Progress leading to current results
   A further surprise came from a study using the flight muscle of a bumblebee, a typical insect with asynchronous operation. When a single myofibril2) within its flight muscle cell was irradiated by an X-ray microbeam (diameter, ~2 µm), it generated a diffraction pattern that came from a single hexagonal lattice of contractile proteins (see the topic of Aug 6, 2002). This means that the lattice plane of the protein crystal is strictly preserved along the entire length of the myofibril (~3 mm or 1000 sarcomeres in series). In other words, the whole myofibril can be regarded as a huge, single protein crystal. For comparison, the protein crystals that researchers grow to determine atomic structures are less than 1 mm. Insects grow much larger crystals in their own bodies. Crystals that can contract.
   In ordinary X-ray diffraction experiments, the incident X-ray beam is irradiated perpendicular to the muscle cell. On the other hand, in the experiment described above, the X-ray microbeam was irradiated along the axis of the muscle cell (end-on irradiation). By doing this, the research group was able to irradiate only one of the innumerable myofibrils in the cell without mechanically isolating it. At that time, however, beams were irradiated directly on raw hydrated materials, which were vulnerable to radiation damage and dehydration. To overcome this problem, the research group has developed a technique to quick-freeze hydrated biological specimens and record diffraction patterns by irradiating X-ray microbeams while the specimens are kept at liquid nitrogen temperature (-199°C) (see the SPring-8 topic of June 29, 2005, entitled "X-ray diffraction recordings from a single sarcomere within an isolated myofibril"). This technique makes specimens much more resistant to radiation damage and dehydration, enabling long-time recordings under stable conditions.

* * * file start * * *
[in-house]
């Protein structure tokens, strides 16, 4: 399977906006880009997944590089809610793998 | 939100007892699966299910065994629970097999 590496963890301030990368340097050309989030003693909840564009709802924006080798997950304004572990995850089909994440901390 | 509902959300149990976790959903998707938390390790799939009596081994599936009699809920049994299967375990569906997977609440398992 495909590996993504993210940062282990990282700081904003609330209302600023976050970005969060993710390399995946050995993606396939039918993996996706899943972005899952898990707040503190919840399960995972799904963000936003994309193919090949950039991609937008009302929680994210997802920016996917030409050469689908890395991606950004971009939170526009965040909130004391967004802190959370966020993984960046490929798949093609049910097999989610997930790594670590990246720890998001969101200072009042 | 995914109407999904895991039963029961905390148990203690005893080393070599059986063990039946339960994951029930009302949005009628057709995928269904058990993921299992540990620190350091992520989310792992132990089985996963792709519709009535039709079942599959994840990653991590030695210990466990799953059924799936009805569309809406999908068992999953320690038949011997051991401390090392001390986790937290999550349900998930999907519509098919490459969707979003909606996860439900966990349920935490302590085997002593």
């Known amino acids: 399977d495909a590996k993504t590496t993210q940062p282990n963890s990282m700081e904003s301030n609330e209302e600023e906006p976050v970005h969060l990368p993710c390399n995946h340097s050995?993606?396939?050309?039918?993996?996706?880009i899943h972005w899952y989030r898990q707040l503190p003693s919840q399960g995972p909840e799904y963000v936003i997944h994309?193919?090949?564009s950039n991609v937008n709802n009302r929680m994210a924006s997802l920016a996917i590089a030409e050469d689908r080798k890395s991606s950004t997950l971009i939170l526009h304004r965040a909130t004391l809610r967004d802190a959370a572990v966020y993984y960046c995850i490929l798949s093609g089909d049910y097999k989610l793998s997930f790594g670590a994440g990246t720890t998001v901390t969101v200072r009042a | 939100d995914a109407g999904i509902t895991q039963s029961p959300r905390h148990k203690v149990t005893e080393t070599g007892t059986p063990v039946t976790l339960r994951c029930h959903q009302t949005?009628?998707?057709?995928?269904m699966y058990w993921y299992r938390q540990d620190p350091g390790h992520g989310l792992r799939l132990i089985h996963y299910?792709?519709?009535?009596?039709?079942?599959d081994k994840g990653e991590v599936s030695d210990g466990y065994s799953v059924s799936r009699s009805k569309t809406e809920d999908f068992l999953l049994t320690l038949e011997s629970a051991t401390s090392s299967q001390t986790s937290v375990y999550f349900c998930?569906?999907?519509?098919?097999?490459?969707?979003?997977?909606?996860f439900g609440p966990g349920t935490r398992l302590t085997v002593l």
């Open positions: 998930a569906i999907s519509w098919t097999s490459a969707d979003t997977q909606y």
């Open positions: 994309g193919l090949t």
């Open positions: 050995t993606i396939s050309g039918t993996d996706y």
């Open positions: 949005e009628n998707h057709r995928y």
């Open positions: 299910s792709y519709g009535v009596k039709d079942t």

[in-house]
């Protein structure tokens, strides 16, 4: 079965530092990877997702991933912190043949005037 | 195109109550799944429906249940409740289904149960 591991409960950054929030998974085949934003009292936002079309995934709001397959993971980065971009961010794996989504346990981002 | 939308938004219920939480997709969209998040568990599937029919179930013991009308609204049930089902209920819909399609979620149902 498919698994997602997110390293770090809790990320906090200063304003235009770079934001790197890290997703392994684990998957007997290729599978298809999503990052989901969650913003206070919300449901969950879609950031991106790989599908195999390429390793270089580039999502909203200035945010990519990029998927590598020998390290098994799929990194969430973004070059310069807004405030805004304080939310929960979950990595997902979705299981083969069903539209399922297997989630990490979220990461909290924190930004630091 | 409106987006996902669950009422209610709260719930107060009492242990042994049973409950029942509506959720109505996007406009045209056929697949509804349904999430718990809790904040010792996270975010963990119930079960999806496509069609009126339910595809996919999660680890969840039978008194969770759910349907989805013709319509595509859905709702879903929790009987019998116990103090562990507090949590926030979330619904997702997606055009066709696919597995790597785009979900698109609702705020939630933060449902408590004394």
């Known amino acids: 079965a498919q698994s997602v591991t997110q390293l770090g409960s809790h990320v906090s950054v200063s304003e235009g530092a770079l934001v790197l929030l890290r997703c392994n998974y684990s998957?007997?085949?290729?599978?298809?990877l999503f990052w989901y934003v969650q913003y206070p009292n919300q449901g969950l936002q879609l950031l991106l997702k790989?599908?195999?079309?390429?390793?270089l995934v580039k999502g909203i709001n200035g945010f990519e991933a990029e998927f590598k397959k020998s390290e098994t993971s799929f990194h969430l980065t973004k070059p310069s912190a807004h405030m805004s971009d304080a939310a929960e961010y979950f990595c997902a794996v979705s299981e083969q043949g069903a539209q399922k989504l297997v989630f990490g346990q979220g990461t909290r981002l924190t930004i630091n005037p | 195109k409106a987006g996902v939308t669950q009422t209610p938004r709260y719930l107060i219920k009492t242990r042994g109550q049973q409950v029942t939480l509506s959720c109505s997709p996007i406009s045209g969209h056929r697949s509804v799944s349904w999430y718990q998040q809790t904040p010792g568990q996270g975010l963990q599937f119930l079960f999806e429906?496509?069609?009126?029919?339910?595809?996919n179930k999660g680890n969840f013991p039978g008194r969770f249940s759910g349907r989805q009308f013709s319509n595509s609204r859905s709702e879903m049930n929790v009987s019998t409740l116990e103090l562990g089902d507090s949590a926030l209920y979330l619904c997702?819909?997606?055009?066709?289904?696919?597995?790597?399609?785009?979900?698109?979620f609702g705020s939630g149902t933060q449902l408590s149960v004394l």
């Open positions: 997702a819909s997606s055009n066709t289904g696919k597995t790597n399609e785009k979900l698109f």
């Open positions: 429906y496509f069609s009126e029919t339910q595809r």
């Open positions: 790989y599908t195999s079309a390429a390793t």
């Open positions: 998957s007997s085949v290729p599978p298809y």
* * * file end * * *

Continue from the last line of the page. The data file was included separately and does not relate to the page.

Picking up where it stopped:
Summary of current results
   As mentioned above, the previous study revealed that the myofibrils of bumblebee flight muscle are giant single protein crystals. Then a question arises as to how this giant protein crystal arose in the process of insect evolution. To address this question, the research group recorded myofibrillar X-ray diffraction patterns from the flight muscles of as many insect species as possible, from the most primitive to the advanced. The methods for recording were the same as described above --- to quick freeze the flight muscle cells and irradiate end-on with X-ray microbeams while keeping the specimens at the liquid nitrogen temperature.
   Figure 3 shows examples of myofibrillar diffraction patterns recorded in this way. The diffraction patterns recorded from insects belonging to Hymenoptera (bees), Diptera (flies), Coleoptera (beetles) and Heteroptera (true bugs) consist of spot-like reflections arranged in a hexagonal array, indicating that these insects have the single-crystal type myofibrils. All of these insects are asynchronous. Large coleopterans like longhorn beetles may beat their wings slowly, and they would not need the asynchronous operation. However, all of the examined insects belonging to these orders had the single-crystal type myofibrils. It is believed that the ancestral asynchronous insects were very small in body size and had to beat their wings at high frequencies. Some of their descendants became large, but they kept the original design of their ancestors.